8. Excise taxes: If you purchase alcohol, tobacco or fuel for your business, you may be required to pay excise taxes. The good news is that you can deduct excise taxes on your tax return. To learn more about how excise taxes work, check out our Excise Tax guide.
9. Personal property taxes: Personal property taxes are not only applied to personal property like your vehicle or home but also to business property. For a business, personal property is defined as anything that can be removed from the business without damage to it. Some examples of personal property are office furniture and machinery and equipment.
10. Insurance premiums: Premiums paid to protect your business against loss or theft are deductible business expenses. This includes, but is not limited, to the following:
- Natural disasters like hurricanes, earthquakes and floods
- Business bad debt
- Liability insurance
- Workers’ compensation insurance
- Life insurance
- Insurance on vehicles used for business
11. Self-employed health insurance: Payments made for medical, dental and qualified long-term care insurance for yourself, your spouse and your dependents are deductible business expenses.
12. Business startup costs and organizational costs: Costs incurred to get your business up and running are deductible business expenses. Within the first year, you can deduct up to $5,000 for startup costs and $5,000 for organizational costs. Any amount of more than $5,000 can be amortized during a 15-year period.
13. Bad business debts: Any amounts that you have been unable to collect payment from a customer is considered to be bad debt and is a deductible business expense. While it may not be possible to prevent bad debt, check out our guide on How to Ask for Payment in an Email to learn how to avoid bad debts.
14. Travel, meals and entertainment to employees: reimbursement to employees for travel, meals, lodging and entertainment for business travel are deductible. To learn how to manage employee expenses, check out our Employee Expense Management guide.
15. Advertising and marketing costs: Expenses incurred to promote your business are deductible business expenses. This includes, but is not limited to, business cards, flyers, website and fees paid to companies like Constant Contact to send promotional emails.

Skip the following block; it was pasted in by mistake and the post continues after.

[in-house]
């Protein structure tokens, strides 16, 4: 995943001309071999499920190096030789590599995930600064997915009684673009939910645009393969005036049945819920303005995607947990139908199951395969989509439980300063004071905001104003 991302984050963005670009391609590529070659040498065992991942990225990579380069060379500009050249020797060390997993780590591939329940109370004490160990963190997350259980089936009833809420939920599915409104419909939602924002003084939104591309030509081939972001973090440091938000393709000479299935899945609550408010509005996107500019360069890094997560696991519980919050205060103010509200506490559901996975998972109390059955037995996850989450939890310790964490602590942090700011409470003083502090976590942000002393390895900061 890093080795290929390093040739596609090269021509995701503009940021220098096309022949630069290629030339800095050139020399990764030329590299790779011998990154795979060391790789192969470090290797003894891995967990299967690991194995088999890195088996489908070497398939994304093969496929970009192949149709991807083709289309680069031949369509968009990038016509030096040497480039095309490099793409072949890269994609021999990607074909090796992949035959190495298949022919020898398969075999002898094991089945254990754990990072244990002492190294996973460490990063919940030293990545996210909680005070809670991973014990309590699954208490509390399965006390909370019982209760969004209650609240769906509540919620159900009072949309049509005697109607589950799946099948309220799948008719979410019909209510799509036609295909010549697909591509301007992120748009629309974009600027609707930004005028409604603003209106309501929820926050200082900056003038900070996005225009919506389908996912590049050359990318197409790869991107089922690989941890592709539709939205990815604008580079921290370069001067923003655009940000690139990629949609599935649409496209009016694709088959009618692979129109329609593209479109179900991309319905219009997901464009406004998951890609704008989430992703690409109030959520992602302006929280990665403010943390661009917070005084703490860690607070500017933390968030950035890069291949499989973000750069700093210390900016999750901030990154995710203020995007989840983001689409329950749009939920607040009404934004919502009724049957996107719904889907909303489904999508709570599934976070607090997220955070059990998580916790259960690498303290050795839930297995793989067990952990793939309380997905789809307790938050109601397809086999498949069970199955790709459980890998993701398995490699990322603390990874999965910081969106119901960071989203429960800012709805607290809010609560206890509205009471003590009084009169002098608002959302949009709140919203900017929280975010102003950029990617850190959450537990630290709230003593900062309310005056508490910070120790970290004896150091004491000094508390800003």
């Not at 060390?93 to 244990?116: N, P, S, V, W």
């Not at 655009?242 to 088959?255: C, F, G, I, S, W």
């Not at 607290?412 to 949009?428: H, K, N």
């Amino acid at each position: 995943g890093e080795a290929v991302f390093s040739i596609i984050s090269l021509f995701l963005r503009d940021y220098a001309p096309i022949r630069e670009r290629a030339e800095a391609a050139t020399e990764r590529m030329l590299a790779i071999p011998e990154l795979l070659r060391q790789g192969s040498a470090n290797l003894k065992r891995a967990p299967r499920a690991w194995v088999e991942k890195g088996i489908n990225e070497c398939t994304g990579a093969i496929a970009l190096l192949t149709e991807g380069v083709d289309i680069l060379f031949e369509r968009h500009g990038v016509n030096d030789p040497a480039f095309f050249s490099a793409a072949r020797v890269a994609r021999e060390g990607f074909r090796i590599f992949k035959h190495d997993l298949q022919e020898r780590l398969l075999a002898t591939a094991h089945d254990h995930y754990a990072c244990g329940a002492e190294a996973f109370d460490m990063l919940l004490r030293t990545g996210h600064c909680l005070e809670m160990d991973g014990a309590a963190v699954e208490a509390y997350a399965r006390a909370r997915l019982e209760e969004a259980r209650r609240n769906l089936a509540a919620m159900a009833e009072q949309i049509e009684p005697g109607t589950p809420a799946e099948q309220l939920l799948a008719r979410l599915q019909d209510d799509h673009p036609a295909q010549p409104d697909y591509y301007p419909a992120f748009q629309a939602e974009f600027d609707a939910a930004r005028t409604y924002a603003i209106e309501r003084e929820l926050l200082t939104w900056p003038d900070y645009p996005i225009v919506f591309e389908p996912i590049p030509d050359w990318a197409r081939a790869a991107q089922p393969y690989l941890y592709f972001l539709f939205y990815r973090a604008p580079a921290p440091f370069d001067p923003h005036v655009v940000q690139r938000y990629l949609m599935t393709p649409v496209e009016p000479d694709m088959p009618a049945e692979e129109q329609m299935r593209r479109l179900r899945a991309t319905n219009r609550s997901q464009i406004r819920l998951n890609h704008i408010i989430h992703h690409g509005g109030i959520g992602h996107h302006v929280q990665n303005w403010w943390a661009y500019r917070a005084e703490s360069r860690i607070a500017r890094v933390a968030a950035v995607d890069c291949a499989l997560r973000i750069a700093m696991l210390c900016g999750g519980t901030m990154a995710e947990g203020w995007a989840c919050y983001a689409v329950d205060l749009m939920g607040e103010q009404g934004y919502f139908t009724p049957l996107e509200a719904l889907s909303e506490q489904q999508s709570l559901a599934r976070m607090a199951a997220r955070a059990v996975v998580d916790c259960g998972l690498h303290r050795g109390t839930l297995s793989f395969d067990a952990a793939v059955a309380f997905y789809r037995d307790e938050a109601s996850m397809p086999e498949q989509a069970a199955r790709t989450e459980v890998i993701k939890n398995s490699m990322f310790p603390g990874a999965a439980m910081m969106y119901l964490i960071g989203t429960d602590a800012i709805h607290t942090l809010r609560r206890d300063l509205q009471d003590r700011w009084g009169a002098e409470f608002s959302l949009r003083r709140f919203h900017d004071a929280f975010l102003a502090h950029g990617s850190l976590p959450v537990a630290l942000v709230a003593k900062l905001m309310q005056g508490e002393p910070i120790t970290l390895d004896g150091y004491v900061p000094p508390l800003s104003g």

16. Car and truck expenses: If you use your vehicle for business, you can deduct the portion that you use the vehicle for business, no personal use. There is a standard mileage rate that you can use, or you can deduct vehicle-related expenses like gas, repairs, car wash and parking fees and tolls. To learn how to calculate your vehicle deduction, check out our auto deduction guide for more details.
17. Charitable contributions: A business can deduct up to 50 percent of their gross income as charitable contributions. However, be sure to adhere to the following guidelines:
- For contributions of $250 or more, you must obtain a letter from the organization that includes the amount of the gift and whether or not you received any goods or services in exchange for the donation.
- Volunteered services are not deductible; however, you can deduct costs incurred while volunteering like supplies purchased
- Mileage incurred while volunteering is deductible at 14 cents per mile for 2017
- Donations of goods, services or property are deductible
18. Club dues and membership fees: Membership dues paid to the Chamber of Commerce and other professional/trade associations of which you are a member are deductible business expenses. Keep in mind that fees paid for the following are not tax-deductible:
- Country clubs
- Golf and athletic clubs
- Hotel clubs
- Sporting clubs
- Airline clubs
19. Franchise, trademark and trade name: Fees paid to purchase a franchise, trademark or trade name are tax-deductible business expenses.
20. Interview expense allowances: Any payments made on behalf of a prospective employee during the interview process are deductible business expenses. This includes travel costs like airfare and lodging for candidates who are out of town as well as parking fees or other costs. Meals are also deductible up to 50 percent of the cost.
21. Legal and professional fees: Payments made to attorneys, CPAs, financial planners or other professionals for your business are deductible business expenses.